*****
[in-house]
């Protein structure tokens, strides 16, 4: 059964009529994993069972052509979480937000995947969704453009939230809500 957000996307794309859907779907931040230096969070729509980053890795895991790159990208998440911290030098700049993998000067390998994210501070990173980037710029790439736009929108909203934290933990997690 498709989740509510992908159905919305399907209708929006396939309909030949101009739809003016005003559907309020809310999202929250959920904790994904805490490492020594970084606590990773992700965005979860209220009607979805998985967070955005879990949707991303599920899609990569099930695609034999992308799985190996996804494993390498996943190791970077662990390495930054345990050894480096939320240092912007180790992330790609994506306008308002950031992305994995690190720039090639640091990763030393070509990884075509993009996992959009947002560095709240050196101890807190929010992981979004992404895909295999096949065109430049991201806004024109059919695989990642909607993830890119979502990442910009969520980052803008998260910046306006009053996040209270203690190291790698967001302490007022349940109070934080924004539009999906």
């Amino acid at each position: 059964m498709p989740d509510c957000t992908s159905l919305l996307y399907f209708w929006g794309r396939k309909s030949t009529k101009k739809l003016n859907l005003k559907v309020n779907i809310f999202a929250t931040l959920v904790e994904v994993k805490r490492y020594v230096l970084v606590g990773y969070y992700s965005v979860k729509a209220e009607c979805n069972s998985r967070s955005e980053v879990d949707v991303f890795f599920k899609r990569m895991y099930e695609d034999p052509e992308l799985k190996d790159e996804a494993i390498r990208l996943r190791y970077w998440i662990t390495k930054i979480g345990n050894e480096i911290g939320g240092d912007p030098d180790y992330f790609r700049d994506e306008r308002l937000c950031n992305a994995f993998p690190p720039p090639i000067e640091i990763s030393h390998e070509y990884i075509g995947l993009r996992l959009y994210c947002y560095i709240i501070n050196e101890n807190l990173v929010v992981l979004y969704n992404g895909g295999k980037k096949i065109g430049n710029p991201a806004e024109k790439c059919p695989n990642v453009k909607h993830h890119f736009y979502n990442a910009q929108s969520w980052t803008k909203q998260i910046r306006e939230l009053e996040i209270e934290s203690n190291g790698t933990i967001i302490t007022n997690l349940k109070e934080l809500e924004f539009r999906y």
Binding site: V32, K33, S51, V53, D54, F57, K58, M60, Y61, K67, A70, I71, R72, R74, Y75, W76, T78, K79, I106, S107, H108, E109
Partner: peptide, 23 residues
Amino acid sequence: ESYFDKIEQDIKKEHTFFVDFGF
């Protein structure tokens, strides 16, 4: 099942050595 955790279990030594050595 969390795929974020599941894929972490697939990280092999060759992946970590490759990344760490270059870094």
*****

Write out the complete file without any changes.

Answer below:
[in-house]
């Protein structure tokens, strides 16, 4: 059964009529994993069972052509979480937000995947969704453009939230809500 957000996307794309859907779907931040230096969070729509980053890795895991790159990208998440911290030098700049993998000067390998994210501070990173980037710029790439736009929108909203934290933990997690 498709989740509510992908159905919305399907209708929006396939309909030949101009739809003016005003559907309020809310999202929250959920904790994904805490490492020594970084606590990773992700965005979860209220009607979805998985967070955005879990949707991303599920899609990569099930695609034999992308799985190996996804494993390498996943190791970077662990390495930054345990050894480096939320240092912007180790992330790609994506306008308002950031992305994995690190720039090639640091990763030393070509990884075509993009996992959009947002560095709240050196101890807190929010992981979004992404895909295999096949065109430049991201806004024109059919695989990642909607993830890119979502990442910009969520980052803008998260910046306006009053996040209270203690190291790698967001302490007022349940109070934080924004539009999906």
């Amino acid at each position: 059964m498709p989740d509510c957000t992908s159905l919305l996307y399907f209708w929006g794309r396939k309909s030949t009529k101009k739809l003016n859907l005003k559907v309020n779907i809310f999202a929250t931040l959920v904790e994904v994993k805490r490492y020594v230096l970084v606590g990773y969070y992700s965005v979860k729509a209220e009607c979805n069972s998985r967070s955005e980053v879990d949707v991303f890795f599920k899609r990569m895991y099930e695609d034999p052509e992308l799985k190996d790159e996804a494993i390498r990208l996943r190791y970077w998440i662990t390495k930054i979480g345990n050894e480096i911290g939320g240092d912007p030098d180790y992330f790609r700049d994506e306008r308002l937000c950031n992305a994995f993998p690190p720039p090639i000067e640091i990763s030393h390998e070509y990884i075509g995947l993009r996992l959009y994210c947002y560095i709240i501070n050196e101890n807190l990173v929010v992981l979004y969704n992404g895909g295999k980037k096949i065109g430049n710029p991201a806004e024109k790439c059919p695989n990642v453009k909607h993830h890119f736009y979502n990442a910009q929108s969520w980052t803008k909203q998260i910046r306006e939230l009053e996040i209270e934290s203690n190291g790698t933990i967001i302490t007022n997690l349940k109070e934080l809500e924004f539009r999906y």
Binding site: V32, K33, S51, V53, D54, F57, K58, M60, Y61, K67, A70, I71, R72, R74, Y75, W76, T78, K79, I106, S107, H108, E109
Partner: peptide, 23 residues
Amino acid sequence: ESYFDKIEQDIKKEHTFFVDFGF
């Protein structure tokens, strides 16, 4: 099942050595 955790279990030594050595 969390795929974020599941894929972490697939990280092999060759992946970590490759990344760490270059870094």